As a marketing agency, we write a lot of copy, so we end up talking a lot about grammar. As a result, we’ve got a lot of agency sayings on the topic.
Our strategists’ favorite is: “Grammar is not an opinion.”
Our designers’ favorite is: “But there is such thing as Advertising Grammar.”
Our grammarian’s favorite is: “You can’t break the [grammar] rules until you know the rules!”
Today, on our mission to help folks with common grammar issues, we’re addressing two words that are often mixed up.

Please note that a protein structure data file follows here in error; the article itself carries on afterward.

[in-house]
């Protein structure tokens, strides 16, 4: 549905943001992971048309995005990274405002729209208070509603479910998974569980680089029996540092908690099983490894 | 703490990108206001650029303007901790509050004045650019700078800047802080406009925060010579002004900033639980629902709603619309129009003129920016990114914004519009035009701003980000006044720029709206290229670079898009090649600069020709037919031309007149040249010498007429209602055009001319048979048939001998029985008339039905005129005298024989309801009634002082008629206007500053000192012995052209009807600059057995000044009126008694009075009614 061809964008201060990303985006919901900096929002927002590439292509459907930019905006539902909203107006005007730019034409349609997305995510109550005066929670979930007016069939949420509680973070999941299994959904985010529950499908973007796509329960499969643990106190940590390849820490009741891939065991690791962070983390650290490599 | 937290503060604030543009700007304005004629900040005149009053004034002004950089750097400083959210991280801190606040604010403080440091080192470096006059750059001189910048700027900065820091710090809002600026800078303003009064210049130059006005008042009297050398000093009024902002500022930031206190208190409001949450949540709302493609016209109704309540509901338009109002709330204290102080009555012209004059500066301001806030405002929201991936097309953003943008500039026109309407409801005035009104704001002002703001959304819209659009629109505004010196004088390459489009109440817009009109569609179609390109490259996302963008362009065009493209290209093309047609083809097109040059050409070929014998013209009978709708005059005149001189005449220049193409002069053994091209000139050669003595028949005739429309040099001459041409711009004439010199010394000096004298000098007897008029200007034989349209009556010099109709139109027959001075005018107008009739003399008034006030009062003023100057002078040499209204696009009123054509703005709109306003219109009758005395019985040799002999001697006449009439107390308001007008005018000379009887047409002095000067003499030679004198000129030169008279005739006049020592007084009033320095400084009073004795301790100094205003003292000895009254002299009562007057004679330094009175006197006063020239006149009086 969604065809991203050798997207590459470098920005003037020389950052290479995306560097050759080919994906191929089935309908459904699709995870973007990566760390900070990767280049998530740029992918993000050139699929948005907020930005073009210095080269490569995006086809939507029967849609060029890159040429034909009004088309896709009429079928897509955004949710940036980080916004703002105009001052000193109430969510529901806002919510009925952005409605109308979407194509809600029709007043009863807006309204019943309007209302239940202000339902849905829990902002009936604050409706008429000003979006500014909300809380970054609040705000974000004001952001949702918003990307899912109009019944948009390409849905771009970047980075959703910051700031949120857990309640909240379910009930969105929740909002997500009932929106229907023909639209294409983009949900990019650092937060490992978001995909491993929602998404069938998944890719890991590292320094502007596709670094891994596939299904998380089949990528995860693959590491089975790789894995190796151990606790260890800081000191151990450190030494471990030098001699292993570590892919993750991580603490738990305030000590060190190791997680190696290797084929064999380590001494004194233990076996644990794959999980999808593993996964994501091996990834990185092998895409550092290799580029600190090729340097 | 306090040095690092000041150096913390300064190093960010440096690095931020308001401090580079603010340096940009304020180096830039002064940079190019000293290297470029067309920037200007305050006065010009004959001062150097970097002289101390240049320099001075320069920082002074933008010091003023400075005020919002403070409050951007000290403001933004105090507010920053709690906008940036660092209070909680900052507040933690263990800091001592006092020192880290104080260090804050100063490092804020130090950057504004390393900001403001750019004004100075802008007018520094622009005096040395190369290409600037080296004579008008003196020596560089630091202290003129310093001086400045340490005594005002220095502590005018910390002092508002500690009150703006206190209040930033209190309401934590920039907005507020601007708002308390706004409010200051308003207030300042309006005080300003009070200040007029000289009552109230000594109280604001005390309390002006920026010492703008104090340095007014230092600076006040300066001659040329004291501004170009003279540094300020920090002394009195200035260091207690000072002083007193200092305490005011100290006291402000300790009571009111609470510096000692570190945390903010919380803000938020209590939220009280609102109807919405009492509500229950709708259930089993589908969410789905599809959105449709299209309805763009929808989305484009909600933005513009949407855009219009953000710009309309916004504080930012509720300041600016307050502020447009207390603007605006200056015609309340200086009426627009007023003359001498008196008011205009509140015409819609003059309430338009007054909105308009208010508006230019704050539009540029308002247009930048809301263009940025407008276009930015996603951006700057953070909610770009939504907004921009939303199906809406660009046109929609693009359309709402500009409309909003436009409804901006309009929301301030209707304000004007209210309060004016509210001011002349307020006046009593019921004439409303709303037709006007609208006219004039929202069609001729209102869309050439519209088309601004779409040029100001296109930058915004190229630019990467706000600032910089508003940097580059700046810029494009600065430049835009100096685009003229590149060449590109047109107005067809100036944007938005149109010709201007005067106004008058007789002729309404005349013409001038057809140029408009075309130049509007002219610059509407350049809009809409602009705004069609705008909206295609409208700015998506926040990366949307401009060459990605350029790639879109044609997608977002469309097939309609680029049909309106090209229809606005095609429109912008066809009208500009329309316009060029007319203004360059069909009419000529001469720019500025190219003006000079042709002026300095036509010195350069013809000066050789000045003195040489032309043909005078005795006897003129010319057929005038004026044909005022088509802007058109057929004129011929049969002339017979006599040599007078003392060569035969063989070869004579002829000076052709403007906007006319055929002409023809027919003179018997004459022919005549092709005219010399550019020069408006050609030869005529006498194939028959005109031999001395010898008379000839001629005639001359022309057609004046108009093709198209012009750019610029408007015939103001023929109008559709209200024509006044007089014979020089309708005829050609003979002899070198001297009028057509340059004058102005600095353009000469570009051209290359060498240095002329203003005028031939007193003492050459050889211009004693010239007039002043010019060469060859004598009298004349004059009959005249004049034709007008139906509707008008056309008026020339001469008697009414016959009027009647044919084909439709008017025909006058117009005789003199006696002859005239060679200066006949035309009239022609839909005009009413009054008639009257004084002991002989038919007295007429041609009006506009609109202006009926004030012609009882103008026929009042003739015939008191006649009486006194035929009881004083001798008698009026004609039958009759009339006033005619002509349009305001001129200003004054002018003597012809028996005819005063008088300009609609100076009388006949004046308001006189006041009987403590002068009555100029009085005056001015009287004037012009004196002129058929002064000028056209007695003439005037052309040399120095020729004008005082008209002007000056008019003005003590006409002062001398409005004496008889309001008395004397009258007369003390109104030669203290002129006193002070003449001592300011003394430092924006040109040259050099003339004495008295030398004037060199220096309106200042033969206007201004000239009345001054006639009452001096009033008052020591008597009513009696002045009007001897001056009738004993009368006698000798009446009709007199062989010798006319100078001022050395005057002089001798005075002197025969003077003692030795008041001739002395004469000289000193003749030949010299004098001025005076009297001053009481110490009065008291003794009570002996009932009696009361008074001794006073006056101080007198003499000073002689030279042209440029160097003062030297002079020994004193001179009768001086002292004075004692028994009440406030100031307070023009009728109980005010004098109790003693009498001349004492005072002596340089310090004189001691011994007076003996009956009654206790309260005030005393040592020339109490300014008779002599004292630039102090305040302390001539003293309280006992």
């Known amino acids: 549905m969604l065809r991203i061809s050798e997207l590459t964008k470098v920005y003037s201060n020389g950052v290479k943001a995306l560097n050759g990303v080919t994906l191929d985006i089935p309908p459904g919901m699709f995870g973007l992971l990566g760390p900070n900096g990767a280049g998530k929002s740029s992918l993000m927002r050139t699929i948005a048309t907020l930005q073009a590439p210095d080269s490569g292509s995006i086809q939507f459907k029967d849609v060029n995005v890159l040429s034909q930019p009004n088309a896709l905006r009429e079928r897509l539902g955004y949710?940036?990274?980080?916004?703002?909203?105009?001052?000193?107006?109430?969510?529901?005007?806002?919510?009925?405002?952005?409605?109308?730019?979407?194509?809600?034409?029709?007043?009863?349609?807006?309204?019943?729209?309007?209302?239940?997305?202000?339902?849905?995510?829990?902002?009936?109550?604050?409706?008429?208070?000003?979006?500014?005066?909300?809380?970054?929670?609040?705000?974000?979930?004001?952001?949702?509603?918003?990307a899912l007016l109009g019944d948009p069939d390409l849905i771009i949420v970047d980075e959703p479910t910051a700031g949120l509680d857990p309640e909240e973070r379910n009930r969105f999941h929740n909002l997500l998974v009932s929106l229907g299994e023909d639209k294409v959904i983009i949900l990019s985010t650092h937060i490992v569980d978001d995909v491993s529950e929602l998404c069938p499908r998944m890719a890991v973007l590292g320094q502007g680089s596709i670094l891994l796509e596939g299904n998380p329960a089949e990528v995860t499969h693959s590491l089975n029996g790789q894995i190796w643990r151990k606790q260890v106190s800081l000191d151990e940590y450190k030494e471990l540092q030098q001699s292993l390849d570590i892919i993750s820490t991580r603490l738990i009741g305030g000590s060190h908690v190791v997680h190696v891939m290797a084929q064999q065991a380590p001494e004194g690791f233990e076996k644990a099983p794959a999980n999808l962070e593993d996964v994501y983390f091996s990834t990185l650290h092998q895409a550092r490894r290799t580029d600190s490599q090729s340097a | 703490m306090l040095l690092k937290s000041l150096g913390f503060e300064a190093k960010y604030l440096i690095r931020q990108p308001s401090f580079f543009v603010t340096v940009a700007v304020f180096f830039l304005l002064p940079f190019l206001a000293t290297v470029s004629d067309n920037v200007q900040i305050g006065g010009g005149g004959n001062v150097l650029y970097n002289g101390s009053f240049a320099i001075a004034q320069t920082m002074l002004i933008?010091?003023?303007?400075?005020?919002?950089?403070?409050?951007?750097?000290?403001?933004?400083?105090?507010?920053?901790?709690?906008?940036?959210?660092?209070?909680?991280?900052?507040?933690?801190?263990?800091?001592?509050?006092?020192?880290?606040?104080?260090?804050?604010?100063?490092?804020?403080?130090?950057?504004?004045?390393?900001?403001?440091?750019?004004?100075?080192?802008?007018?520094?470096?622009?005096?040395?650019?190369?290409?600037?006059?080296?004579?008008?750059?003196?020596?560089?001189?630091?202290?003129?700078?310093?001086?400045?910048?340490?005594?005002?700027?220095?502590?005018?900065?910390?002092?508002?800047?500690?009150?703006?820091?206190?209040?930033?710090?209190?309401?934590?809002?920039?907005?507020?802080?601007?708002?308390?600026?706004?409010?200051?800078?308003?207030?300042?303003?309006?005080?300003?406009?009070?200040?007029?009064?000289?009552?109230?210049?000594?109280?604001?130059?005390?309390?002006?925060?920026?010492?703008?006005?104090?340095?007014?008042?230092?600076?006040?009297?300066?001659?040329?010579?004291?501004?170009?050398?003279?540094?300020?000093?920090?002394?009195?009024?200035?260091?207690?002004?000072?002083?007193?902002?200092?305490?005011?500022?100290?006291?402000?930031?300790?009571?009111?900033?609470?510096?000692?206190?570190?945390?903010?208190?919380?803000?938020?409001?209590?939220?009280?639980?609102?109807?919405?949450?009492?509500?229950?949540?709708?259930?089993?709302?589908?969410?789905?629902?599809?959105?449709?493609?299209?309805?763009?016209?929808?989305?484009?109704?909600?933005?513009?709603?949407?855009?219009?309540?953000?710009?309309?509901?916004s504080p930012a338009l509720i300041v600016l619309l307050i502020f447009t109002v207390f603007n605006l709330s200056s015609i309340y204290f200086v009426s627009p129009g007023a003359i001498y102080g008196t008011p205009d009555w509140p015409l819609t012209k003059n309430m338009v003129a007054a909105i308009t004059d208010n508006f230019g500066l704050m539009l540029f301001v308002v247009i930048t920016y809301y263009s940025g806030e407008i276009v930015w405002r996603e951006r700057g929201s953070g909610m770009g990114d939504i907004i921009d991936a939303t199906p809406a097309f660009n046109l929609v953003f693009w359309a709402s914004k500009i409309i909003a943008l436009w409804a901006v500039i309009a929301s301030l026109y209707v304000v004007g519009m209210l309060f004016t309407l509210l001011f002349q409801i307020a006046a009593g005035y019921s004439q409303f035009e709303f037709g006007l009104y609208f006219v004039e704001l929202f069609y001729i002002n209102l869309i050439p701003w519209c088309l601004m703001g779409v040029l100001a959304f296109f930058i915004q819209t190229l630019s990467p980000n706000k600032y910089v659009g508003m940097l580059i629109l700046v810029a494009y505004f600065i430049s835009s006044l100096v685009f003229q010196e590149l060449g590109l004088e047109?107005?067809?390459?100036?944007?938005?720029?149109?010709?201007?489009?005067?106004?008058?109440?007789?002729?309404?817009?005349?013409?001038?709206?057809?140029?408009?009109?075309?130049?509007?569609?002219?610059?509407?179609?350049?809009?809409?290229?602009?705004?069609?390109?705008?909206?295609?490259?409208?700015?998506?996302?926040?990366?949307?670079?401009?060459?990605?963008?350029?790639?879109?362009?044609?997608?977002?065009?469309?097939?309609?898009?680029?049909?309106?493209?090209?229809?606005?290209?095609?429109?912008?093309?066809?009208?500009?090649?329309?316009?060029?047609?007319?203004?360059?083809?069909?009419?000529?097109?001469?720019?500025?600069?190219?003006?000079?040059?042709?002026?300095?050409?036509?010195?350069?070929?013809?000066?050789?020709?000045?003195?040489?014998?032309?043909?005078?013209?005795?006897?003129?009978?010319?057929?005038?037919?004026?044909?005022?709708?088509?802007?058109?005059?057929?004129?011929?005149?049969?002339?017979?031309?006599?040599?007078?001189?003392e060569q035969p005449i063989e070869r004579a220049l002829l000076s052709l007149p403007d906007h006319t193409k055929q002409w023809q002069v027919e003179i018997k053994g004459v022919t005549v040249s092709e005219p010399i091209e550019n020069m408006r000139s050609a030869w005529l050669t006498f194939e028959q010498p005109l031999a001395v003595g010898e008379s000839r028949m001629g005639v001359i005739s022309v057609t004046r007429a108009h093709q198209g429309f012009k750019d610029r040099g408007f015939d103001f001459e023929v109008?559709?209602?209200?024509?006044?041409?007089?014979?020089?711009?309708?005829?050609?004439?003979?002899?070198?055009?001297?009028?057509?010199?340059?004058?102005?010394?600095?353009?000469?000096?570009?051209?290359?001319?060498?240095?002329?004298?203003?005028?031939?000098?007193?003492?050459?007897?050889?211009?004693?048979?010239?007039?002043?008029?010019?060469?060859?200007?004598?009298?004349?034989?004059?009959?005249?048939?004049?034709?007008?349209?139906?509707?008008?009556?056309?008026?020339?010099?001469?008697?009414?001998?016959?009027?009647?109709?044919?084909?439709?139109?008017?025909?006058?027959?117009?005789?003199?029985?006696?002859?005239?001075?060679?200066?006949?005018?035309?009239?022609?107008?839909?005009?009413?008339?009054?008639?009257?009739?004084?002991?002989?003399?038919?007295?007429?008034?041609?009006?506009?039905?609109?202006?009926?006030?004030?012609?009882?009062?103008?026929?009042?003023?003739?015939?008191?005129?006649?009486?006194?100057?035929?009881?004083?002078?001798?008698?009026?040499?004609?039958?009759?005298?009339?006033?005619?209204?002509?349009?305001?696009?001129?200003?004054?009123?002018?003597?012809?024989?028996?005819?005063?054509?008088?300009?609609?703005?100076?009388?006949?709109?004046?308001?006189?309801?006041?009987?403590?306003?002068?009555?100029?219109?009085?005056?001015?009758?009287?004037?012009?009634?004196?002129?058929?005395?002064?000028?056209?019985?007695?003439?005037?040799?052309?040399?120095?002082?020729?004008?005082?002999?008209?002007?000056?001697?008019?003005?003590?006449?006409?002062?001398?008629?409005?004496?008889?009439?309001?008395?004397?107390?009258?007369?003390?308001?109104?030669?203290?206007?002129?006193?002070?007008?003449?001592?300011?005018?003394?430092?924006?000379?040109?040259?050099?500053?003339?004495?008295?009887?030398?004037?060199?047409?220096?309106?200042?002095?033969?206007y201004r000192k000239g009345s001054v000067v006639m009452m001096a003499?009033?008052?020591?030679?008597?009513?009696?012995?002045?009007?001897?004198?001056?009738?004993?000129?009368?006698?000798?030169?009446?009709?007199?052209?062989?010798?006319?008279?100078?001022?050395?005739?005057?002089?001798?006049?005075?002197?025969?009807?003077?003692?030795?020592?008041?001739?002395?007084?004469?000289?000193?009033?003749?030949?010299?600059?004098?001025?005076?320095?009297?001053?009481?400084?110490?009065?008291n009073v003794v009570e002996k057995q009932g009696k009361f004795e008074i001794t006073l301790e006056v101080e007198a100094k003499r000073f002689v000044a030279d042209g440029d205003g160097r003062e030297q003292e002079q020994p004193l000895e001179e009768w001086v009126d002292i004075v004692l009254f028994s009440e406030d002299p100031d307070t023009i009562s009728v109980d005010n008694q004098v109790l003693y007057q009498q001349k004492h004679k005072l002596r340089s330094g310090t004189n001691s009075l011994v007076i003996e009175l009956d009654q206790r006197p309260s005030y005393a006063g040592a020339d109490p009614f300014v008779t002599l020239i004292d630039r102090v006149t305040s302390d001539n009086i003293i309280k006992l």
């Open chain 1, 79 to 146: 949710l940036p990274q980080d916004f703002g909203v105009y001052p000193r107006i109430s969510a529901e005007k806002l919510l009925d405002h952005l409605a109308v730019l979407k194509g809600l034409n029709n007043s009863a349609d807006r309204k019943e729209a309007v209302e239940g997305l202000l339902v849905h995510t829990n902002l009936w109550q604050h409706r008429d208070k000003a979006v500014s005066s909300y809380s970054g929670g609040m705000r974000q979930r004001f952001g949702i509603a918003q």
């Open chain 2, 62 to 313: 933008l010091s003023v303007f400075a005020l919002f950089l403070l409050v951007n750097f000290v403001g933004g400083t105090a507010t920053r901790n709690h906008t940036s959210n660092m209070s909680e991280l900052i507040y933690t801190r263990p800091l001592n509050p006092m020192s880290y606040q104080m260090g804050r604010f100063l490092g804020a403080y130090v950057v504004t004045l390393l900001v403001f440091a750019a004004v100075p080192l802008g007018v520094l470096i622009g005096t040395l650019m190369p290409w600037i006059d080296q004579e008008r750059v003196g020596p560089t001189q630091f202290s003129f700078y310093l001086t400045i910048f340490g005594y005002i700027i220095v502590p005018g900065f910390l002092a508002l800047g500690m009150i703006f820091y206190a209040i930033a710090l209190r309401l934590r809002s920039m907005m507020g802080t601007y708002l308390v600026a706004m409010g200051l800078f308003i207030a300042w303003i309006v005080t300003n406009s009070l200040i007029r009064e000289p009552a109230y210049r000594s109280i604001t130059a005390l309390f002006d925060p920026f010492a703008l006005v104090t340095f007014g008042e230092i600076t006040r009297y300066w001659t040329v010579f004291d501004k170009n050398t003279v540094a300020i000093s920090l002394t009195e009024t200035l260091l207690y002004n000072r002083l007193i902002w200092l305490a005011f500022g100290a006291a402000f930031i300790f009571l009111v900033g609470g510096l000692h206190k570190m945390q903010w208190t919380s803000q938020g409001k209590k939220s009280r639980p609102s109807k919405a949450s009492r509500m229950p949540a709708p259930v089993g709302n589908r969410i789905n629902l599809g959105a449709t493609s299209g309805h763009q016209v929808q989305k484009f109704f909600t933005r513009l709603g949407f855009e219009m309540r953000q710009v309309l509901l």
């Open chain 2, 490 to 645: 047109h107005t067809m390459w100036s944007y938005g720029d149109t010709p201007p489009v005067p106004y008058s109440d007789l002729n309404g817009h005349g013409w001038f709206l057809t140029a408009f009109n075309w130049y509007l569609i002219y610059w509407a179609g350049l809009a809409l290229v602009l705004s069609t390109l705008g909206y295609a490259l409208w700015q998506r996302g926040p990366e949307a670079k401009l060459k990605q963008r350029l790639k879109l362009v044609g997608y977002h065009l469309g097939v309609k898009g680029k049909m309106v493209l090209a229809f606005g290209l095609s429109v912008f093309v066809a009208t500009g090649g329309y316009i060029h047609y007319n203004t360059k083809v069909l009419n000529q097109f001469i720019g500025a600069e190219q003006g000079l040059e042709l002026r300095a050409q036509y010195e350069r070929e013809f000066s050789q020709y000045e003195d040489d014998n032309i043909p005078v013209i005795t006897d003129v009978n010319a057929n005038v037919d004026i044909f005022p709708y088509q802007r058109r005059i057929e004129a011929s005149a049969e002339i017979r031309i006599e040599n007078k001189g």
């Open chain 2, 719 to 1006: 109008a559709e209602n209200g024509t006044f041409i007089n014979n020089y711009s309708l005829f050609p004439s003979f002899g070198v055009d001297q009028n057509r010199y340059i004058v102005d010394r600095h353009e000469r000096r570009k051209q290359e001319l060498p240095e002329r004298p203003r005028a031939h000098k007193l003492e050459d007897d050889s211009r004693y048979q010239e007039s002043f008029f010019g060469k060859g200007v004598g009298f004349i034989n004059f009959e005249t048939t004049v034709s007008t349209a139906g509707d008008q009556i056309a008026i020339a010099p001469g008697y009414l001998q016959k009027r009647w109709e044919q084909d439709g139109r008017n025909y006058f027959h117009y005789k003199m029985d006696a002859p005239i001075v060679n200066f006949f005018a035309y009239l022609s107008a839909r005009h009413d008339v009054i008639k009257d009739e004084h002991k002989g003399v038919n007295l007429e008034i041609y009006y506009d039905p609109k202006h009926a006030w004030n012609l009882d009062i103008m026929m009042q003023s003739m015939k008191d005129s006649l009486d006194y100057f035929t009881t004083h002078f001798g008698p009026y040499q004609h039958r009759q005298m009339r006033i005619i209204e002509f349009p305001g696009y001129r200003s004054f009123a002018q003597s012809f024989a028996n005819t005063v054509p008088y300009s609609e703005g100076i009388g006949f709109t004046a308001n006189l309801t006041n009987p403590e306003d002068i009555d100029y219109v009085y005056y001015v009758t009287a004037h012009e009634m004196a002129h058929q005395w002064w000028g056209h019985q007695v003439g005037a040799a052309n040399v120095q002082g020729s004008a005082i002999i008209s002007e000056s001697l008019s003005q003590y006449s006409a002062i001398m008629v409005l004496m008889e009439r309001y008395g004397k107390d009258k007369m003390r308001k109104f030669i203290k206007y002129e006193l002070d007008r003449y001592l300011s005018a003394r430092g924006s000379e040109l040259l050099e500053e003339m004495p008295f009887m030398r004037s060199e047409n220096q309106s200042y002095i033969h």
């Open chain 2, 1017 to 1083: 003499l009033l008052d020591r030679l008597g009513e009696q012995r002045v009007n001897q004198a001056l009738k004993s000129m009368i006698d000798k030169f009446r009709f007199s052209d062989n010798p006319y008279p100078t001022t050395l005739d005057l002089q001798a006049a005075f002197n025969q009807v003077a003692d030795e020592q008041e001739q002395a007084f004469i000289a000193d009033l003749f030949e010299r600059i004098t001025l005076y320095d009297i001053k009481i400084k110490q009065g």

ISSUE: Bring vs. Take
The problem is that many people use bring and take indiscriminately. Both words describe the movement of something from one location to another. However, each has its proper usage depending on your point of reference. You ask people to bring things to wherever you are. You take things to where you are going.
I ask people to bring me coffee.
You tell people they can bring their dog to work.
But you take your dog to work.
We take comps to the client.
QUICK TIP: You bring things here and take things there.
Did this post take you out of your comfort zone? Don’t worry, you’re not alone. Keep our Quick Tip handy and keep practicing!